"Dynamic women with complicated lives take center stage in this twisty mystery about a rideshare mix-up which results in murder. Lalli is a fresh voice in the thriller genre and a writer to watch!" —Wendy Walker, internationally bestselling author of Don't Look For Me
Two women named Sara each get into a rideshare. . . but only one makes it home alive. Which Sara was the real target?
Law student Saraswati “Sara” Bhaduri holds down two jobs in order to make her way through school, but it’s still a struggle. She’s had to do things to pay the bills that most people wouldn’t expect from “a nice Indian girl.” It seems like an ordinary busy Tuesday night at the local dive bar until her boss demands Sara deal with a drunk girl in the bathroom.
The two become fast friends. Why? Because they both have the same name. And despite their different circumstances, the two connect. When they both order rideshares home, they tumble in the back of the cars and head out into the night.
But when Sara awakes in her rideshare, she finds she's on the wrong side of town—the rich side—and she realizes: she and Sarah took the wrong cars home.
With no money, Sara walks back to her apartment on the shady side of town only to discover police lights flashing and a body crumpled on her doorstep: Sarah.
Was Sarah Ellis or Sara Bhaduri the target? And why would anyone want either of them dead?
In this smart, twisty novel about ambition, wealth, and dangerous longing, the layers are peeled back on two young women desperate to break out of the expectations placed on them, with devastating results.
Release date: August 9, 2022
Publisher: William Morrow Paperbacks
Print pages: 384
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Are You Sara?
Thursday, September 29
There’s a dead girl in the bathroom.”
I look up. Gavin is staring at me, a tray of empties balanced on his left hand.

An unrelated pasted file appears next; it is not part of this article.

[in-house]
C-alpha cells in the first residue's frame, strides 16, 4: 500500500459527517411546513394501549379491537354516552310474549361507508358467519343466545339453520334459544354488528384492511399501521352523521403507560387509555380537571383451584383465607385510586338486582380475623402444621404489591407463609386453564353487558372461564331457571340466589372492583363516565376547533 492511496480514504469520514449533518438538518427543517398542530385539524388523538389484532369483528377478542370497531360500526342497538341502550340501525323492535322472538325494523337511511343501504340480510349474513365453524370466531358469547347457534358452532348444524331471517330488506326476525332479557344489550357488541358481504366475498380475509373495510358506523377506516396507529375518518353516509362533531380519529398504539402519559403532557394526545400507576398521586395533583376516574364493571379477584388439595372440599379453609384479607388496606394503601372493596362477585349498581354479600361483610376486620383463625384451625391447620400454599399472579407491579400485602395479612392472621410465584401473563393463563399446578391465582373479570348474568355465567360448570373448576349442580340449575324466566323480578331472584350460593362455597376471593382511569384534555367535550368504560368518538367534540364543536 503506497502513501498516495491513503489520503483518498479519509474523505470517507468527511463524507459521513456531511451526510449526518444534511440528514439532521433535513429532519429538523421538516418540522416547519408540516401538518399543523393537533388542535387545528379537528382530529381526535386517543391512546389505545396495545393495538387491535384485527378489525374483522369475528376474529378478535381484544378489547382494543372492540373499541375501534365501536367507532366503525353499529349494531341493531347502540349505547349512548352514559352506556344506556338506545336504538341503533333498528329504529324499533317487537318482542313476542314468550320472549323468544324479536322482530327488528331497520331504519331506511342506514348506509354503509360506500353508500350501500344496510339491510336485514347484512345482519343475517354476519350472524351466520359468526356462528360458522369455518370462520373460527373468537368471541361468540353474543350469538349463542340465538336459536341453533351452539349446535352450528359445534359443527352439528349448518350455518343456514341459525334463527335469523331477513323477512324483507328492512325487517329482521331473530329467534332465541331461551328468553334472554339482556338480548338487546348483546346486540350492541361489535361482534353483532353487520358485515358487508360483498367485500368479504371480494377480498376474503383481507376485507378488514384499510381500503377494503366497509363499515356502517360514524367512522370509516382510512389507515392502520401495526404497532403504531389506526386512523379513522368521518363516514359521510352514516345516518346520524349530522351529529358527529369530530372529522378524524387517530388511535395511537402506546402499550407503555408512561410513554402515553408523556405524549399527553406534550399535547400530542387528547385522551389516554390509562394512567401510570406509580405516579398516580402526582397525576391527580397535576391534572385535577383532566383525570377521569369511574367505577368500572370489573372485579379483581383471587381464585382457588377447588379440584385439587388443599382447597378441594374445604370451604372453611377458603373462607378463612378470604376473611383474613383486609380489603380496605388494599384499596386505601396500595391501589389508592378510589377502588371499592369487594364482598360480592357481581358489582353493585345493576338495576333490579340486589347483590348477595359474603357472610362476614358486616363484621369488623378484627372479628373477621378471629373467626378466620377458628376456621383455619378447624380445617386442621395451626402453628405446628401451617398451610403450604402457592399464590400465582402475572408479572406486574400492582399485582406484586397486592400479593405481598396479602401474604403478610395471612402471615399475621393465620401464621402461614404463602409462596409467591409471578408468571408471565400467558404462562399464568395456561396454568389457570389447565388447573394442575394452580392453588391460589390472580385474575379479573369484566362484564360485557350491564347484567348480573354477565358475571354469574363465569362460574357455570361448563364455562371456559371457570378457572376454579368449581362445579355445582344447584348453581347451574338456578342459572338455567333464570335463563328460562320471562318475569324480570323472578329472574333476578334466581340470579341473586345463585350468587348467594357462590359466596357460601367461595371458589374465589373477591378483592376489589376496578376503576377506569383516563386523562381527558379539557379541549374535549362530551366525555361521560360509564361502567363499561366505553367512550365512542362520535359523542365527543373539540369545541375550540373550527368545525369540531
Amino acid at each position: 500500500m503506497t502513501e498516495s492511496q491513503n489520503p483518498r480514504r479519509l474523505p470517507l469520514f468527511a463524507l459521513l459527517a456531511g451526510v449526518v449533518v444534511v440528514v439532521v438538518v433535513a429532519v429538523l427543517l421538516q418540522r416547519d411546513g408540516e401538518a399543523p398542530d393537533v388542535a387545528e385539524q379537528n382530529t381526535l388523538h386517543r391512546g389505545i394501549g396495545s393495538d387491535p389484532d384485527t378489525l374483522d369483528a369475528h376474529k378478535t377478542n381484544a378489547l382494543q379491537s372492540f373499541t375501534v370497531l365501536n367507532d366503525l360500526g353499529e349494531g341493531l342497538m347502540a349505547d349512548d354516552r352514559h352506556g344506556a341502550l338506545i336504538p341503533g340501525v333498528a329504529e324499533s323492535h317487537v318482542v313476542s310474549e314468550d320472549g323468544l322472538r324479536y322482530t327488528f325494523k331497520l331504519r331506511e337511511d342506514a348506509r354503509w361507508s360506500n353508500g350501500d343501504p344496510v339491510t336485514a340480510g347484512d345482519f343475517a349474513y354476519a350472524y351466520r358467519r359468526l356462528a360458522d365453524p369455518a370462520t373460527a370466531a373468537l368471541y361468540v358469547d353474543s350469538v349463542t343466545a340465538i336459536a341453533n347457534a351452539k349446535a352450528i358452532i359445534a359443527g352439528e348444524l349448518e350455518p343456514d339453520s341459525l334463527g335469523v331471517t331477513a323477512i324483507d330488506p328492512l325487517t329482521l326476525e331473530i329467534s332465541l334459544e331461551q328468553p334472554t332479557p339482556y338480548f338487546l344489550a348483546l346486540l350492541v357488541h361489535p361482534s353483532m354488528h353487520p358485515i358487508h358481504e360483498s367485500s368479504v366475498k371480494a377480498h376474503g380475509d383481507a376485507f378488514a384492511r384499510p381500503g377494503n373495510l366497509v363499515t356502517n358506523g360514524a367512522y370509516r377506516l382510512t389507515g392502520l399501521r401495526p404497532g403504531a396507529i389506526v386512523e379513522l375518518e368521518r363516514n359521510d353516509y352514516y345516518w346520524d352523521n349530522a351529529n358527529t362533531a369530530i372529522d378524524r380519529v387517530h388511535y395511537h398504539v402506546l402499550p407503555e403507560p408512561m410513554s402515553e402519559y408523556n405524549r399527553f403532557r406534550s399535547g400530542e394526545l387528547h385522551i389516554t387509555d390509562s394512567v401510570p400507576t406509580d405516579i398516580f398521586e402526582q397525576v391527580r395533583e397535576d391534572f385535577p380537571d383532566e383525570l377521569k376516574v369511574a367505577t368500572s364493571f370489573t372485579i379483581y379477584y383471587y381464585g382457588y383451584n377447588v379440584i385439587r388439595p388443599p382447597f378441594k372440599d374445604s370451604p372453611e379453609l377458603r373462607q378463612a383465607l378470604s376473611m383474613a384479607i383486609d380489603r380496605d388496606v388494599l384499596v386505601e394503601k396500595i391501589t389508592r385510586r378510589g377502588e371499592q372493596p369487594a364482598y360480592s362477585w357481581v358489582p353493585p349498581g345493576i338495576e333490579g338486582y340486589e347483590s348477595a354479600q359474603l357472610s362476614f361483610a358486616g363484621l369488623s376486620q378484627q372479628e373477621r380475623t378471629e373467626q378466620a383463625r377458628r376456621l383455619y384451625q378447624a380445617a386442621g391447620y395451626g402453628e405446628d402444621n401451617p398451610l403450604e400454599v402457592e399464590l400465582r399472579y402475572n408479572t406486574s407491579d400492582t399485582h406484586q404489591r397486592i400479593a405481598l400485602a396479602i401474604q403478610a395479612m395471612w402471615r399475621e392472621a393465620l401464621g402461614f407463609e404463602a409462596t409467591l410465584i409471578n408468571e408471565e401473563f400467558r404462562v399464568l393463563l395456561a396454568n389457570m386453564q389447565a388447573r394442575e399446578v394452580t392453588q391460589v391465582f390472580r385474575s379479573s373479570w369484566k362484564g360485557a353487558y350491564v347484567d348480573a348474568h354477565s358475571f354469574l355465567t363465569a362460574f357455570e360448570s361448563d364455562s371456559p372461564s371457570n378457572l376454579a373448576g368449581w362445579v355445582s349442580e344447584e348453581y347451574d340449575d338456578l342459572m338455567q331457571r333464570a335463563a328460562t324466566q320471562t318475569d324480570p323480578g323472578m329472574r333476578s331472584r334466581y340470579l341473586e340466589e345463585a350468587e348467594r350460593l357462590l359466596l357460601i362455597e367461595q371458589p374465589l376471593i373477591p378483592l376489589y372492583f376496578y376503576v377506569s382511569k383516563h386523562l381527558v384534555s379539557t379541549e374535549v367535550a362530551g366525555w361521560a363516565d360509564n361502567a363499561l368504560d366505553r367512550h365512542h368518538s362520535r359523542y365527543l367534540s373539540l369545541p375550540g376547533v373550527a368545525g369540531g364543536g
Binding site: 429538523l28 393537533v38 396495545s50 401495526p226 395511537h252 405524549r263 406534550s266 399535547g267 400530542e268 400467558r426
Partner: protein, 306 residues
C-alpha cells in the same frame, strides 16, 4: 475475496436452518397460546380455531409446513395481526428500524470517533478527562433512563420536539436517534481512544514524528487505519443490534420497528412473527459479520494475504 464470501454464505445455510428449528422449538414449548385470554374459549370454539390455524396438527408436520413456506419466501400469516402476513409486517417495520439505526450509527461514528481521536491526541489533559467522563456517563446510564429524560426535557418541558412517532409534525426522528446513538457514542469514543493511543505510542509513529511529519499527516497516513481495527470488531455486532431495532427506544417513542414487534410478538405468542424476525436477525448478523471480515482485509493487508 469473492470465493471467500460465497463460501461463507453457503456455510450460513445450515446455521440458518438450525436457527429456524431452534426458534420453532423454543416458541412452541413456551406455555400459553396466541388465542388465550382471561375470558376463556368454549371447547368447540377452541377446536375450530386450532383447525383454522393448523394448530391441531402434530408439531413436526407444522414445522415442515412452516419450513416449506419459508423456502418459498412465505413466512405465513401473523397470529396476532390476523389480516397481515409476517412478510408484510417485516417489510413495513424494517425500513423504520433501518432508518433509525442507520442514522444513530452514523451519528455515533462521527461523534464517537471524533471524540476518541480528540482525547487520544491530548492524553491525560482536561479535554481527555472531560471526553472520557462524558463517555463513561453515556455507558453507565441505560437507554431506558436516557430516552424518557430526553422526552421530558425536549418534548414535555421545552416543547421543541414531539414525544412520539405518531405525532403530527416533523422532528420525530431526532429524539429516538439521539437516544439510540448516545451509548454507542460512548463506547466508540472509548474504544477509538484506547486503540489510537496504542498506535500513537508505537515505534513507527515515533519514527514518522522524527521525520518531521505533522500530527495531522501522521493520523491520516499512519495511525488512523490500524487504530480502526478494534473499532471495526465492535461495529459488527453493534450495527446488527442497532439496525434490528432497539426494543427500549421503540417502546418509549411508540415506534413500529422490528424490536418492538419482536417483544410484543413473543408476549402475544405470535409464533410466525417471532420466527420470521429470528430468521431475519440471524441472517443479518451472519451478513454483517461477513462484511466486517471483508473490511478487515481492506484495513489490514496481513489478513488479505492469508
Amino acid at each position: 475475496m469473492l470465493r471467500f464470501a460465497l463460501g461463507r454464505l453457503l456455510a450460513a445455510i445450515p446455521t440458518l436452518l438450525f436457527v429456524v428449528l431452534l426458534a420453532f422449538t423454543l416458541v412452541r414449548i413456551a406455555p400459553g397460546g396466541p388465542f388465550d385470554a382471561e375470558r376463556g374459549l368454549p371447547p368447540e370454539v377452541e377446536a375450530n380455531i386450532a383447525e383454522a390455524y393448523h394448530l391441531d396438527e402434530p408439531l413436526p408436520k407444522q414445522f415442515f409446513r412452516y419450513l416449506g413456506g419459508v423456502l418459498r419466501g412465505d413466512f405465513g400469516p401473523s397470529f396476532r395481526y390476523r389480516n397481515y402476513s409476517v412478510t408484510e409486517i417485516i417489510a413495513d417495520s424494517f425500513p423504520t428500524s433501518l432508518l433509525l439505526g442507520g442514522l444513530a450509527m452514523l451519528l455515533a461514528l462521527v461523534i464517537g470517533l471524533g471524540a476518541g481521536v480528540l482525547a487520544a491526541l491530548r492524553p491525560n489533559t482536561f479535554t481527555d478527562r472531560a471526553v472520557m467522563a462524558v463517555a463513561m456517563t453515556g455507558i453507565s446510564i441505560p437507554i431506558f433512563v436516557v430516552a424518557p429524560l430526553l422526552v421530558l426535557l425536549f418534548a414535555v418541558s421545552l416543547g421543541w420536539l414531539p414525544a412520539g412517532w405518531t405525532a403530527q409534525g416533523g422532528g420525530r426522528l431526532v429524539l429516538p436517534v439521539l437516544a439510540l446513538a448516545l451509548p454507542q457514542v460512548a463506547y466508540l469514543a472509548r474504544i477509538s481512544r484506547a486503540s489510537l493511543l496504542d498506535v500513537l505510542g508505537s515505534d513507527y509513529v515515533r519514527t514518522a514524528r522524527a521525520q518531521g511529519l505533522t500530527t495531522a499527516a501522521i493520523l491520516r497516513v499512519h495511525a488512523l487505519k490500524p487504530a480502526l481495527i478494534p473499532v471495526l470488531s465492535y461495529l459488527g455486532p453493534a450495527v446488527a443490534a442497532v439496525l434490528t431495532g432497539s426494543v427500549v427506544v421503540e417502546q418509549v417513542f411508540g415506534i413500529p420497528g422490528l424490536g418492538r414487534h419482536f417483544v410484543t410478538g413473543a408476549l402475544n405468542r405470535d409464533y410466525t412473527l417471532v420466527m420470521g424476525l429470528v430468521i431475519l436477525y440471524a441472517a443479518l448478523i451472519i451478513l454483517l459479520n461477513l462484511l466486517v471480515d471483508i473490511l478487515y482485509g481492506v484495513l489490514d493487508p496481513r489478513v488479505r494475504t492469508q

“Dead?” I ask.
“She’s a corpse. Who the fuck was serving her?”
I shrug. Although the place was packed earlier tonight, only Gavin and I were behind the bar. One of us had served her.
“Deal with her, would you?” he says.
“I was just about to leave.”
He gestures behind him. “Get her out of here, and then you can go.”
“Just fucking handle it, Sara.”
Gavin takes off before I have a chance to protest. He’s chivalrous like that. Annoyed, I make my way through the bar toward the bathrooms. It’s just past 2 a.m. and last call was half an hour ago, but there are still a few dozen stragglers finishing their drinks or falling asleep at the tables.
I push open the door to the women’s restroom and find two denim legs sticking out of the far stall. I sigh.
“Hey,” I say. “You.”
I let the door click shut behind me. The girl doesn’t respond and I take another step forward.
“I need you to get up.”
Literally, I need her to get up. I’m five foot three and sure as hell can’t carry her.
The girl groans and I soften. I wonder how young she is. Gavin tells us not to check IDs on weekdays. It’s the reason he’s still afloat.
“Are you OK?” I drop to hands and knees and peer under the stall. The girl is flat on her back, her head resting against the base of the toilet. She’s sporting a dark-wash jean jacket much like the one I’m wearing, and her long, chocolate-brown hair is all over her face.